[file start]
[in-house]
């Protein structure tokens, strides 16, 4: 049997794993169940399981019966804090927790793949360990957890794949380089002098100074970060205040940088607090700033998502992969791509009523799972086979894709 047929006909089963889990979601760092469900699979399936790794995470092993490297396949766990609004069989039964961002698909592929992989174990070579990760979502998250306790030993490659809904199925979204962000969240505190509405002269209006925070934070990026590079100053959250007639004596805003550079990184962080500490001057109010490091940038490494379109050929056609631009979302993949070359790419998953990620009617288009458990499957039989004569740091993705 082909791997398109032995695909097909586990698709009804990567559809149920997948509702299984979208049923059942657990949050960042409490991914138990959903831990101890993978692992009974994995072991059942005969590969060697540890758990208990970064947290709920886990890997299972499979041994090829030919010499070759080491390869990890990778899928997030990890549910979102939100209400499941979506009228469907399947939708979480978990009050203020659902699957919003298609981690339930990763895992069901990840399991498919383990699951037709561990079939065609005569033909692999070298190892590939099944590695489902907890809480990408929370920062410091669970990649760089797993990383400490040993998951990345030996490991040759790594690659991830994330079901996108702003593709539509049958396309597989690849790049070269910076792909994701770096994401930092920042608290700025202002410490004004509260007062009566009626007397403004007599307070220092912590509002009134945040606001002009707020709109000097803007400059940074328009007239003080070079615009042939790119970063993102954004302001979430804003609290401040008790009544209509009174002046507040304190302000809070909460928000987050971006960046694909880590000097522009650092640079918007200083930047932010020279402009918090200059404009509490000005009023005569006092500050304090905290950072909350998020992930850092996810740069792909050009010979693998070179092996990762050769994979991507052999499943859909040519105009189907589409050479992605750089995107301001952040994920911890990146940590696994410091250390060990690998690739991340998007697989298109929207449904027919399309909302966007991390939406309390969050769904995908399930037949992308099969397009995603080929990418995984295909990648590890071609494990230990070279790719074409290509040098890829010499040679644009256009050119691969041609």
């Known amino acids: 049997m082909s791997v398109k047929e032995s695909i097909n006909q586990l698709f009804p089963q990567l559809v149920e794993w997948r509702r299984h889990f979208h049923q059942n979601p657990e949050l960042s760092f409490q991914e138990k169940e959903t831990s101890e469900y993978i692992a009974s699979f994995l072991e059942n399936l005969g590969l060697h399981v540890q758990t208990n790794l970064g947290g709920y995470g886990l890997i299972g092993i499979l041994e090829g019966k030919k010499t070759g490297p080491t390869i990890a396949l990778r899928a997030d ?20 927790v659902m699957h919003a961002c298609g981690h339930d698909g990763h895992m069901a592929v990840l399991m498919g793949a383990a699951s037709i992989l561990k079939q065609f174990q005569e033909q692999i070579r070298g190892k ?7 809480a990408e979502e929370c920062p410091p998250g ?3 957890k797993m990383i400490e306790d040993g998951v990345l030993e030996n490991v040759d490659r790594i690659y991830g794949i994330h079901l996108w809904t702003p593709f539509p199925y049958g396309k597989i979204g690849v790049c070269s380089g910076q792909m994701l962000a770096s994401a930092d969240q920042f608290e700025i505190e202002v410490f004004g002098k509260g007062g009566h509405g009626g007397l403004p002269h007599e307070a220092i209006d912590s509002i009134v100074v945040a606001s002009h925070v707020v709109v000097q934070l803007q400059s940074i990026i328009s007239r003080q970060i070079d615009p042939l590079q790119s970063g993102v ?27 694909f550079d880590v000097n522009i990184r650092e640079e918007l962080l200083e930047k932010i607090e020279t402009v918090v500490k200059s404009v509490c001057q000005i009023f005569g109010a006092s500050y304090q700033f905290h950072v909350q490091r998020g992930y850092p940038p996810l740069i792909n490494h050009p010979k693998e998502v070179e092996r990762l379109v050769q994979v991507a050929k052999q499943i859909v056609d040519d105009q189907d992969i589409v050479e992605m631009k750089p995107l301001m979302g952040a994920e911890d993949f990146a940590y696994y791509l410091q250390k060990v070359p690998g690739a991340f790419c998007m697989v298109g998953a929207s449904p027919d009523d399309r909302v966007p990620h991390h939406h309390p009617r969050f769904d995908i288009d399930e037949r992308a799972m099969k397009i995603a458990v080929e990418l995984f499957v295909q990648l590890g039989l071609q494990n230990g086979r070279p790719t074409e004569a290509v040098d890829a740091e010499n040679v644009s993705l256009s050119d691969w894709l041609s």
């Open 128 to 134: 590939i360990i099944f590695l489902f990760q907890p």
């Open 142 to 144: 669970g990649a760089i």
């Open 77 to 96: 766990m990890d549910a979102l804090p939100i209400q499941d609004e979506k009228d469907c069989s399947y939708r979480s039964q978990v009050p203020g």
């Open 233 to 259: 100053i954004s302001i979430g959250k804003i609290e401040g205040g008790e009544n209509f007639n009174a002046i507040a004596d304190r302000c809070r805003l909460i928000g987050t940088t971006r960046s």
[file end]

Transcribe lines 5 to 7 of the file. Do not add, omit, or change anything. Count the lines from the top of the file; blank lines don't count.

């Open 142 to 144: 669970g990649a760089i």
């Open 77 to 96: 766990m990890d549910a979102l804090p939100i209400q499941d609004e979506k009228d469907c069989s399947y939708r979480s039964q978990v009050p203020g």
């Open 233 to 259: 100053i954004s302001i979430g959250k804003i609290e401040g205040g008790e009544n209509f007639n009174a002046i507040a004596d304190r302000c809070r805003l909460i928000g987050t940088t971006r960046s």